Treasury Secretary Jack Lew and the UK's Chancellor of the
Exchequer, George Osborne, on Monday will run the first-ever joint
exercise simulating how they would prop up a large bank operating in
both countries that has landed in trouble.
Also taking part are Federal Reserve Chair Janet Yellen and Bank of
England Governor Mark Carney, and the heads of a large number of
other regulators, in a meeting hosted by the U.S. Federal Deposit
"There is no doubt that in 2008 the judgment taken by my predecessor
and others was that banks ... like the Royal Bank of Scotland
<RBS.L> and others were too big to fail," Osborne said.
"Now I want to make sure that ... we have real options, and that we
are able to avoid bailing in taxpayers with a bailout. And Iím
pretty confident that's the case now," he said.
Six years after the financial crisis, politicians and regulators
around the globe are keen to prove they have created rules that will
allow them to let a large bank go under without spending billions in
They have forced banks to ramp up equity and debt capital buffers to
protect taxpayers against losses, and have told them to write plans
that lay out how they can go through ordinary bankruptcy. The plans
are so-called living wills.
Yet salvaging a bank with operations in several countries - which is
the norm for most of the world's largest banks such as Deutsche Bank
<DBKGn.DE>, Citigroup Inc <C.N> and JPMorgan <JPM.N> - has proven to
be a particularly thorny issue.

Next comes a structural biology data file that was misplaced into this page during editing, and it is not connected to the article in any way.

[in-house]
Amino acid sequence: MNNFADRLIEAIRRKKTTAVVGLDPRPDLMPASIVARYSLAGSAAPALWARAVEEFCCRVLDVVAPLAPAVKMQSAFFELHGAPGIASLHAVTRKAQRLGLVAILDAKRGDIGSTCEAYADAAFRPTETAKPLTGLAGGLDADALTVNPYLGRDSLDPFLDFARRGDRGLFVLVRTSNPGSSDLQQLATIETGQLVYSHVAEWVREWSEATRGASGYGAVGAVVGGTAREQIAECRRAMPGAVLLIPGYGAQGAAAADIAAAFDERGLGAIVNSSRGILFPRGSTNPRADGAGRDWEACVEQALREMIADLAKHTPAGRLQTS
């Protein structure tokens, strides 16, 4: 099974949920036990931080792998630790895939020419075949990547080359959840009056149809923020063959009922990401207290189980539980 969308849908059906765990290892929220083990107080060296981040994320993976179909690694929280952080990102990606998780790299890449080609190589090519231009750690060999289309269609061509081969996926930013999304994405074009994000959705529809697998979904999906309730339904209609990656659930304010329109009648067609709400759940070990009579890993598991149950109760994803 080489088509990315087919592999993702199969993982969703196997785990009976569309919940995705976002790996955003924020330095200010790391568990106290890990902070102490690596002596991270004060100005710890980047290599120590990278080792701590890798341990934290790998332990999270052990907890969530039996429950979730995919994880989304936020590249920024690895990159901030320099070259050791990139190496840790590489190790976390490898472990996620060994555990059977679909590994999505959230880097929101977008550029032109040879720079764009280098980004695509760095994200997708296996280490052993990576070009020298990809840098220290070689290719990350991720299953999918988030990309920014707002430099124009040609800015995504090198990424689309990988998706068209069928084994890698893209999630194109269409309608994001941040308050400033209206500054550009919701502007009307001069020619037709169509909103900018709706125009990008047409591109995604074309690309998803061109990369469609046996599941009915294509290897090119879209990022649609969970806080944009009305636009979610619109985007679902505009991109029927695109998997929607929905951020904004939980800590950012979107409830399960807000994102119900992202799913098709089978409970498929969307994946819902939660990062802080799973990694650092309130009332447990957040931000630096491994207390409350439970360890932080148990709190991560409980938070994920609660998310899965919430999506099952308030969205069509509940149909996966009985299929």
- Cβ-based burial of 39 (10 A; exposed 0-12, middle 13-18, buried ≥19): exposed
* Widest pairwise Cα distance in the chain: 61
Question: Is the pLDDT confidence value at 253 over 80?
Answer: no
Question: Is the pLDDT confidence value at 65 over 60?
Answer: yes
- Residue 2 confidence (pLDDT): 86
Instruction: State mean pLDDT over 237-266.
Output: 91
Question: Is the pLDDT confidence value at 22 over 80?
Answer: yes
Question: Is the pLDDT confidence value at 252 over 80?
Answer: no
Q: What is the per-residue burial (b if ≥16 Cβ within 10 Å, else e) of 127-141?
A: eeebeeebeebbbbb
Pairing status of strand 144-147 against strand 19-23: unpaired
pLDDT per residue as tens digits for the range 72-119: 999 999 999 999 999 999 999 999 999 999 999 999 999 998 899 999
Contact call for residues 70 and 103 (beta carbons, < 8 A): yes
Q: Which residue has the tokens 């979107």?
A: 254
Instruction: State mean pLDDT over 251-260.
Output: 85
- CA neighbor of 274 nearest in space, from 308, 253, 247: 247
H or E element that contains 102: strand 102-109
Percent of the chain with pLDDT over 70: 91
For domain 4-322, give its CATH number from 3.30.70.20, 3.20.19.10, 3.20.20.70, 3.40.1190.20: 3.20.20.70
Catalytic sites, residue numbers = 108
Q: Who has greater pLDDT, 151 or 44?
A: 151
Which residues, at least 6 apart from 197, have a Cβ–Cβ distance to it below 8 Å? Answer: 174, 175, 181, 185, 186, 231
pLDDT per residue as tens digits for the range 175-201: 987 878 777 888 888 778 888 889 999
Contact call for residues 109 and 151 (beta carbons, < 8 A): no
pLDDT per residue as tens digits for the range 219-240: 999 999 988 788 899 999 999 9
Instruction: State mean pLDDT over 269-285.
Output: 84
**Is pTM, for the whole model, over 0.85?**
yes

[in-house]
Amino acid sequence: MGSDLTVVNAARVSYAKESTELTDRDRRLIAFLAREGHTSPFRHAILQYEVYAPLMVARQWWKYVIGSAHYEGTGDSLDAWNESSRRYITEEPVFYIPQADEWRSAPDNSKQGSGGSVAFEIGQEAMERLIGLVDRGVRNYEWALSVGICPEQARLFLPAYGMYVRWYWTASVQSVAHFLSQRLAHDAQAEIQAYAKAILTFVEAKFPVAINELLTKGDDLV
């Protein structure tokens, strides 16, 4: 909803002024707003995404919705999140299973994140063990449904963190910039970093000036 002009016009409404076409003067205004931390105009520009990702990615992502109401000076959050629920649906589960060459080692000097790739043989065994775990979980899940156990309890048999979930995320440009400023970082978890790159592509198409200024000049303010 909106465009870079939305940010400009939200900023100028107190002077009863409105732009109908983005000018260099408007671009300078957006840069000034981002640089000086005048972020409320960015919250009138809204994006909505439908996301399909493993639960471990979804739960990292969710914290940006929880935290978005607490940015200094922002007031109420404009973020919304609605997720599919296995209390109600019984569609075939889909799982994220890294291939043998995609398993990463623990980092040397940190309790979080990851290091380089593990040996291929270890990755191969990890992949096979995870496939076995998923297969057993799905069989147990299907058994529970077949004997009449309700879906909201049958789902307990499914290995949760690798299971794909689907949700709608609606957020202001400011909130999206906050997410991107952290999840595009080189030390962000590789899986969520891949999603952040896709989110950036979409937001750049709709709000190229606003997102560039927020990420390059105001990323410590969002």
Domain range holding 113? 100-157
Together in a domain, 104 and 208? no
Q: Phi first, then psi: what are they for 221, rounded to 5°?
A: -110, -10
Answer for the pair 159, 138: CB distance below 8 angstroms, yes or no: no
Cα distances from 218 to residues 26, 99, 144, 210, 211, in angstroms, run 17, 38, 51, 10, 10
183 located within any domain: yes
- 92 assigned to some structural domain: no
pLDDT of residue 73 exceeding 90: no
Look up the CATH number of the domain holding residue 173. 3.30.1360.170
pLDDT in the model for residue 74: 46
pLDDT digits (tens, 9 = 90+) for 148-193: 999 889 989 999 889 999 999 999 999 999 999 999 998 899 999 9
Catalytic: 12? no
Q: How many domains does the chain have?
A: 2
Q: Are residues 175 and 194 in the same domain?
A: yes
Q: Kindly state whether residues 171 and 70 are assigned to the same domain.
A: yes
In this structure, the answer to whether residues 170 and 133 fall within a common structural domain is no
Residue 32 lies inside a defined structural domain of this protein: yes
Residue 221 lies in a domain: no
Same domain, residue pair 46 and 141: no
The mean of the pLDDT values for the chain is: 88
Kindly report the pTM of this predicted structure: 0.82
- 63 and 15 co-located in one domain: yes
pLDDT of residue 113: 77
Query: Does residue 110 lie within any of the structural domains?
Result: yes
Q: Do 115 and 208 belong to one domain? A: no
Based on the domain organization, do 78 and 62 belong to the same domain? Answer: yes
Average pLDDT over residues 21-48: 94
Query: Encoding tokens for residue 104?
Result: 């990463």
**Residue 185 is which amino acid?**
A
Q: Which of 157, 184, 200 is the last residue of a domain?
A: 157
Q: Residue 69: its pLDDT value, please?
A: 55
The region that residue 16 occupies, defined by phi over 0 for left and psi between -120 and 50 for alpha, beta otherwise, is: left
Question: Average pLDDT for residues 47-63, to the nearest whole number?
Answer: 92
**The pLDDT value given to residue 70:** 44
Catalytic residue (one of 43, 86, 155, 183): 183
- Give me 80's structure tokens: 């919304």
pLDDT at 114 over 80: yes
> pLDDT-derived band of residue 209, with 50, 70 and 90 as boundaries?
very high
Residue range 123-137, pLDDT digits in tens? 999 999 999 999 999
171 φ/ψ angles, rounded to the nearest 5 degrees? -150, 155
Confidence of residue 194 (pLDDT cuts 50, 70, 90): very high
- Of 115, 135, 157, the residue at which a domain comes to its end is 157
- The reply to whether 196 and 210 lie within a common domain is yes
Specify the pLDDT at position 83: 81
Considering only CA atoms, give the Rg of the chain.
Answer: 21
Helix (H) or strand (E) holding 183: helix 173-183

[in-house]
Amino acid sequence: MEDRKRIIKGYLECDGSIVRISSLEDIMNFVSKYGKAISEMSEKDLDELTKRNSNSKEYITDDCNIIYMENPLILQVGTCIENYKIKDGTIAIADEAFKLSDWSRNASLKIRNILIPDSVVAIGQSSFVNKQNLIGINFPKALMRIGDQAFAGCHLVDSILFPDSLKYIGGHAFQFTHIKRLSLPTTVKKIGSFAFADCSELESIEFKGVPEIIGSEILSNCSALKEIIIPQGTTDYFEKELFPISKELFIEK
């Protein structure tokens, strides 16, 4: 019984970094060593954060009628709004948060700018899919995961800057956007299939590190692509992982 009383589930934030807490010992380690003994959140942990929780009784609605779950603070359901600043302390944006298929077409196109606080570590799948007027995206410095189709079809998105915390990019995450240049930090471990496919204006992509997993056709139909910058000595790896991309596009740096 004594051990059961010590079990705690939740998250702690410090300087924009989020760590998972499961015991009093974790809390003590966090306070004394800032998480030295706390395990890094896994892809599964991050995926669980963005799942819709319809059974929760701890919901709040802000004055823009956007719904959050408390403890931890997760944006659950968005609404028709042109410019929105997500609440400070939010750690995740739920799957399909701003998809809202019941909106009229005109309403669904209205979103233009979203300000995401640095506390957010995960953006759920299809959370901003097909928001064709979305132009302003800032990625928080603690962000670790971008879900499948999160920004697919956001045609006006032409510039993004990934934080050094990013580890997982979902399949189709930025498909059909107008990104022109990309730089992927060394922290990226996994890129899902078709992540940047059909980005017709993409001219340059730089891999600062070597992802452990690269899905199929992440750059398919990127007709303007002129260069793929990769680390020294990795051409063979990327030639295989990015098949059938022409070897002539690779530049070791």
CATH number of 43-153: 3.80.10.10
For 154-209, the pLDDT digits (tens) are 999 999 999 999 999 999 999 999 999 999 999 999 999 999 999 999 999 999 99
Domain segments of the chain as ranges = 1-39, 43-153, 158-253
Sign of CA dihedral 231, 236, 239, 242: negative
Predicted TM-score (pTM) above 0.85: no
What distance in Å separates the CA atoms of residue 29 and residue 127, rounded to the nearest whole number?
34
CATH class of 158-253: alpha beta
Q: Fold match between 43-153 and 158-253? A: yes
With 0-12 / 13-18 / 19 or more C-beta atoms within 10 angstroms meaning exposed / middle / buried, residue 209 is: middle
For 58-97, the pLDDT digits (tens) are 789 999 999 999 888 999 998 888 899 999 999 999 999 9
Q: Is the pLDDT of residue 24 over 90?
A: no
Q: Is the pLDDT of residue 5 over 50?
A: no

[to top of second column]
Regulators may not be used to talking to each other, and there have
also been suspicions that supervisors would first look to save the
domestic operations of a bank, and would worry less about units
One scenario would test the hypothetical failure of a U.S. bank with
UK operations, and a second the demise of a large UK bank with U.S.
operations, the countries said. Results would be communicated after
The exercise comes as regulators are about to bring to fruition
further initiatives to make banking safer.
The first would force banks to have more long-term bonds that
investors know can lose their value during a crisis, on top of their
equity capital, to double their so-called Total Loss-Absorbing
A second measure, expected to be announced this weekend, will force
through a change in derivative contracts, which in their current
form protect investors, and complicate the winding down of a bank
(Reporting by Douwe Miedema and Randall Palmer; Editing by Matthew
Lewis and Andrea Ricci)
[© 2014 Thomson Reuters. All rights
Copyright 2014 Reuters. All rights reserved. This material may not be published,
broadcast, rewritten or redistributed.